Where does the money go?
The trustee is responsible for dissolving the trust and fulfilling the instructions laid out in the trust document. These include filing the trust’s final tax return and paying any income taxes due. There may be other expenses, too, such as funeral and burial costs.
If the trust is a first-party trust – a trust funded with the person with special needs’ own assets — it will owe money to the state if the person with special needs received Medicaid benefits during his or her lifetime. In what is known as a pay-back provision, the first-party trust must reimburse the state, dollar-for-dollar, for all Medicaid expenses incurred throughout the beneficiary’s life on the death of the beneficiary.
What happens to any assets left over?
If the trust has designated secondary, or remainder, beneficiaries, the assets would pass to them once taxes and expenses have been paid, according to the language of the trust. Although many trusts specifically name the remainder beneficiaries (i.e., “25 percent of the trust shall go to Jane, 75 percent to Mary”), in other cases the trust names only a class of beneficiaries (“the donor’s grandchildren will share the remainder of the trust funds equally”). It is up to the trustee to determine the identities of any unnamed remainder beneficiaries, contact all the beneficiaries, and make arrangements to distribute the trust funds to them. If any of the remainder beneficiaries are young or have special needs of their own, the trust may allow the trustee to retain the trust funds for the benefit of those particular beneficiaries under terms that may be quite similar to those found in the original trust.
Is it possible to change secondary beneficiaries?
This depends on the wording and terms of the trust. The trust may have an “amendment provision,” which gives the trustee some flexibility to make changes to the trust. This could include changing the remainder beneficiaries through a provision known as “power of appointment.” If the trustee (or perhaps even the beneficiary himself, depending on the trust language) has power of appointment, he can create a document to change who will receive the assets in the special needs trust on the death of the primary beneficiary. A variation is the limited power of appointment, which, though more restricted, would still allow the trustee or beneficiary to make changes.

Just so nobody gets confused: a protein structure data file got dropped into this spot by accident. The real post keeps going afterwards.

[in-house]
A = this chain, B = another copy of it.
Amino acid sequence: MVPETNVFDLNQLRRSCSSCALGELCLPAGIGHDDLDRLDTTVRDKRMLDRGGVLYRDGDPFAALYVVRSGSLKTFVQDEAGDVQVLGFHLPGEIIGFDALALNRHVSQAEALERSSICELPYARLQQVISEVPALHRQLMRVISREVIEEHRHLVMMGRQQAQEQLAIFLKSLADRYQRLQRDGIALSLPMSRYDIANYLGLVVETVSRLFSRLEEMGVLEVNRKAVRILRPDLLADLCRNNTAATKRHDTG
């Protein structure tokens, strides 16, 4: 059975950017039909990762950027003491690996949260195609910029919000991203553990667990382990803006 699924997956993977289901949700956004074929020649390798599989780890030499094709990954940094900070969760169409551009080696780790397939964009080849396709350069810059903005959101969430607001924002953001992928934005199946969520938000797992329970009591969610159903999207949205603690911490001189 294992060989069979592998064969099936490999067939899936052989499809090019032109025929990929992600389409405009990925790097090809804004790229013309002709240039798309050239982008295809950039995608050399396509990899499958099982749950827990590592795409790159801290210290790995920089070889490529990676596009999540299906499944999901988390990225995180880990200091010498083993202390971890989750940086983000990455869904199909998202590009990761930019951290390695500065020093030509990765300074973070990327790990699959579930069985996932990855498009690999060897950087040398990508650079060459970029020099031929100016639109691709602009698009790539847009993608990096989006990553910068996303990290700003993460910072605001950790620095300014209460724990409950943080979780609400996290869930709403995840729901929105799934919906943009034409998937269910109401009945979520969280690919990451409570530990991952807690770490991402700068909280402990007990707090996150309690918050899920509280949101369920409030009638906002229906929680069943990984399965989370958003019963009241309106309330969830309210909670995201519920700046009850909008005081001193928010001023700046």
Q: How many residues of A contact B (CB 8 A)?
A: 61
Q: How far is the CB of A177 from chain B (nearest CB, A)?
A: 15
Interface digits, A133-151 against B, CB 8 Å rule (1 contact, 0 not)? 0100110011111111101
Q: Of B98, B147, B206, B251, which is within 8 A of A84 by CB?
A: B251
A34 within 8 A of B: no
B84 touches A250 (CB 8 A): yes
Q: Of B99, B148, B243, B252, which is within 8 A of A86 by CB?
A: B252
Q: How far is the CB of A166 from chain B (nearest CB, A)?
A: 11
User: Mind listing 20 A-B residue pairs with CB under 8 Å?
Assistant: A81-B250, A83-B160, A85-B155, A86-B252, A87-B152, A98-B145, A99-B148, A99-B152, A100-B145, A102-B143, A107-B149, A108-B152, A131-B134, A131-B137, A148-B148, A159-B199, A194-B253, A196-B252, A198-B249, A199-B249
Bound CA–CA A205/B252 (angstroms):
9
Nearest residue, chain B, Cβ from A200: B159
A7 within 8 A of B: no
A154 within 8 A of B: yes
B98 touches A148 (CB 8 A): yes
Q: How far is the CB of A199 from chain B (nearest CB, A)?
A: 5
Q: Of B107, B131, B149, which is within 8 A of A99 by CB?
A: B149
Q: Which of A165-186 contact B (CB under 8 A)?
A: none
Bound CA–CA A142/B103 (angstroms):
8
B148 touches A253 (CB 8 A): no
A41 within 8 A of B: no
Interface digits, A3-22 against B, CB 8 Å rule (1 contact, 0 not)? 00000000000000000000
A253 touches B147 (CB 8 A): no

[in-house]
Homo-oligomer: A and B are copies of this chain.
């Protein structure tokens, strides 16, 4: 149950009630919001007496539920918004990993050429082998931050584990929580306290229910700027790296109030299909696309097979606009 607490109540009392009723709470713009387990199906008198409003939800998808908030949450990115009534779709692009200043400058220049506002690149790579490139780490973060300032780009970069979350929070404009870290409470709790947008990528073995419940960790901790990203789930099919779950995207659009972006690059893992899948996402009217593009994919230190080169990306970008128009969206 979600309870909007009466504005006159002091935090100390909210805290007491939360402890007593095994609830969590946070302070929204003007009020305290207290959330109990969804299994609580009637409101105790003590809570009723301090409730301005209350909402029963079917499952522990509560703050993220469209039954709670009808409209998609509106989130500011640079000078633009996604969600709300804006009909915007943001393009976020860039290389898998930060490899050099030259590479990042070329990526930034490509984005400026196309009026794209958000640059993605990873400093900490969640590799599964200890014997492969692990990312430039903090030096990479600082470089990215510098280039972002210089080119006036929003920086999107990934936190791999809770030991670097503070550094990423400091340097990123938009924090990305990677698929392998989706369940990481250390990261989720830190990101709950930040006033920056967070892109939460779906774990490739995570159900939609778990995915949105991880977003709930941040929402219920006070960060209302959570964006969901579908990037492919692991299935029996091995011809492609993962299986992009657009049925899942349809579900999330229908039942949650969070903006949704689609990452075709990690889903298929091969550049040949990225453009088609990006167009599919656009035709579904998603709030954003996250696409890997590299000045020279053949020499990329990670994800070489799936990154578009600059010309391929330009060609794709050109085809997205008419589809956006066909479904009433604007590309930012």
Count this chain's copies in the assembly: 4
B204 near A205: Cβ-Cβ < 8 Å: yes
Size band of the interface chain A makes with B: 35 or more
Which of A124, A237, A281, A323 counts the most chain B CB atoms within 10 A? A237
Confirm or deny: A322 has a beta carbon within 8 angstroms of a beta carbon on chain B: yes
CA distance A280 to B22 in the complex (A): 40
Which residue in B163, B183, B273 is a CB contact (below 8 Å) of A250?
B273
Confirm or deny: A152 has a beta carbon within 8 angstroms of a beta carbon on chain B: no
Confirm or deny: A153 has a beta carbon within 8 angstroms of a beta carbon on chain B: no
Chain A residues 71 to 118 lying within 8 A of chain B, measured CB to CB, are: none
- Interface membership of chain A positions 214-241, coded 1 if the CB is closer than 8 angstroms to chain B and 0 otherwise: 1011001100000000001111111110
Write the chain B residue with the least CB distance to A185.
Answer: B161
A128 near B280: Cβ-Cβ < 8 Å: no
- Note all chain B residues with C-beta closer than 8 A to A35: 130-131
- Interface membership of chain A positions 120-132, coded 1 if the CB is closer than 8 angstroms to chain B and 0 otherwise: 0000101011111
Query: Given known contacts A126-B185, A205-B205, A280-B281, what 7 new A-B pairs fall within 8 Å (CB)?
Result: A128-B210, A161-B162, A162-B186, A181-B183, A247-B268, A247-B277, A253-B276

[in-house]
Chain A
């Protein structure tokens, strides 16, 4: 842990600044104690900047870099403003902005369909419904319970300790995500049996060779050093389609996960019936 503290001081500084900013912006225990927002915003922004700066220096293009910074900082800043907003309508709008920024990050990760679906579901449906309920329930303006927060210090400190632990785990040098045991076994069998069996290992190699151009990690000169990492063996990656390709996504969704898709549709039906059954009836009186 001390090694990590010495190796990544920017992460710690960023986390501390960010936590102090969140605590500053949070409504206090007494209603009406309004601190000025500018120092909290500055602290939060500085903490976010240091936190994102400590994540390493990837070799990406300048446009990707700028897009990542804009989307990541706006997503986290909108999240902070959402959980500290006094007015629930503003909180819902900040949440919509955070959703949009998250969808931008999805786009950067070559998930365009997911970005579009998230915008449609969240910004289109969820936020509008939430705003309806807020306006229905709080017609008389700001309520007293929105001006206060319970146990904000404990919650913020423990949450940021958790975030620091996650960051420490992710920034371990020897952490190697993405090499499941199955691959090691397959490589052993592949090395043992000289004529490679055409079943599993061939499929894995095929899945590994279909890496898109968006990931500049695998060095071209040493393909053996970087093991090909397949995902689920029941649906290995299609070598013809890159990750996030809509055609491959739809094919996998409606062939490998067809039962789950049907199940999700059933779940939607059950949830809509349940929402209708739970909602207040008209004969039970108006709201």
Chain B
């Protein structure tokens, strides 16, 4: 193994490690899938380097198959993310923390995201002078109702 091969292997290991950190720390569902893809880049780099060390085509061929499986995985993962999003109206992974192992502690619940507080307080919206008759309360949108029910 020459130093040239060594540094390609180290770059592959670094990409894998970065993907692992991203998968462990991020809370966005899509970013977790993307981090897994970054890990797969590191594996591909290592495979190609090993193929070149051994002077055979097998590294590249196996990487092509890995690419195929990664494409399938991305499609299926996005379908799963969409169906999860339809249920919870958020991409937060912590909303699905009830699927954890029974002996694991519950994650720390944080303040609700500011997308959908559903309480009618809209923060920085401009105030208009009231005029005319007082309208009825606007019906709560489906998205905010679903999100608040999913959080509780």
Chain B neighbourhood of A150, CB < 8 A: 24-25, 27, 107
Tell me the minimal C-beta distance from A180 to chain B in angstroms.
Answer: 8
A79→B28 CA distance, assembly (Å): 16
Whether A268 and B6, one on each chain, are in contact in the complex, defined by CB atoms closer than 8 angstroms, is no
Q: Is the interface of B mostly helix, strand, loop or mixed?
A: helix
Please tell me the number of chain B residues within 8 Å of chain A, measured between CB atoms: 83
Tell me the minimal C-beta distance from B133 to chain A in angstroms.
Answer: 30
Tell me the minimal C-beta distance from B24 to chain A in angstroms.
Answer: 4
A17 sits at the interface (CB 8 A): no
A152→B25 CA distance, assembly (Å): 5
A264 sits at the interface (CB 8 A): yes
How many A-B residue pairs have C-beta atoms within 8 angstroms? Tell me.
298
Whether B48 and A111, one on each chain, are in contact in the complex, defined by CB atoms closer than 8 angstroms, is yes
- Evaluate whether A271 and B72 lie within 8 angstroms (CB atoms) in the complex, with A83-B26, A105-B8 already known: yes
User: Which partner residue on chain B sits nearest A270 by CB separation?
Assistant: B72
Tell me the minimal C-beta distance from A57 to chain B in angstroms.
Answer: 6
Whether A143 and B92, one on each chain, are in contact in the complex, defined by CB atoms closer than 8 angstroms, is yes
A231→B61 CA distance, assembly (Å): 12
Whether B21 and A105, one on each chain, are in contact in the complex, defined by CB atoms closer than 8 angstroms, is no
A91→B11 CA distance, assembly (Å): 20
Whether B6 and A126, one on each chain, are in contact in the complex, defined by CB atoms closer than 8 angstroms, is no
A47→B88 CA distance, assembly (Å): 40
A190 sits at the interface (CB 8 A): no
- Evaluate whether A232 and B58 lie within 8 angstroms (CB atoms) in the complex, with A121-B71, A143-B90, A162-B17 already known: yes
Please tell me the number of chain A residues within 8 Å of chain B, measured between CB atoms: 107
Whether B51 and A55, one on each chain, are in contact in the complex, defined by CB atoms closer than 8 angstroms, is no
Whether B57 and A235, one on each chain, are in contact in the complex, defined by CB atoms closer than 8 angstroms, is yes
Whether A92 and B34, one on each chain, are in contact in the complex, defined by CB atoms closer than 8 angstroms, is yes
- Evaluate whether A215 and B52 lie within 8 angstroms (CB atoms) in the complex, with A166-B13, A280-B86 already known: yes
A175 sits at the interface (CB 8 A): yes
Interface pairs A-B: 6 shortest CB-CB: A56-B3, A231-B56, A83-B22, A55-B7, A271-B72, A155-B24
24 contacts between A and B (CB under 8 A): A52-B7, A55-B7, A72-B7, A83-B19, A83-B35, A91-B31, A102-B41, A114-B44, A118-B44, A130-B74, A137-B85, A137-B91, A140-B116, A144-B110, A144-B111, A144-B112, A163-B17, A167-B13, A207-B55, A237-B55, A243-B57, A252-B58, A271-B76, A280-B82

What if secondary beneficiaries are not fit to inherit the trust’s assets?
The secondary beneficiary may be a minor, a person with disabilities, or struggling with drug or alcohol addiction. Depending on the terms of the trust, the trustee may have some authority to change the distribution of funds to such remainder beneficiaries. The trustee may, for example, hold the assets in a special account, under a rule known as a “flexible distribution provision.” In this way, the trustee has discretion to act in the interests of the secondary beneficiary while safeguarding the assets within the trust itself.
Special needs trusts are designed to provide funds over a long period of time, to care for the primary beneficiary for the entirety of her life. Many things can change over this period, so it is vitally important that the trust is carefully constructed to take all this into account. Likewise, the trustee must understand the terms and provisions of the trust thoroughly, during the beneficiary’s lifetime and afterward.
For more detailed information pertaining to your circumstances, contact Andy Deaver, Tyler Johnson or John Herdzina.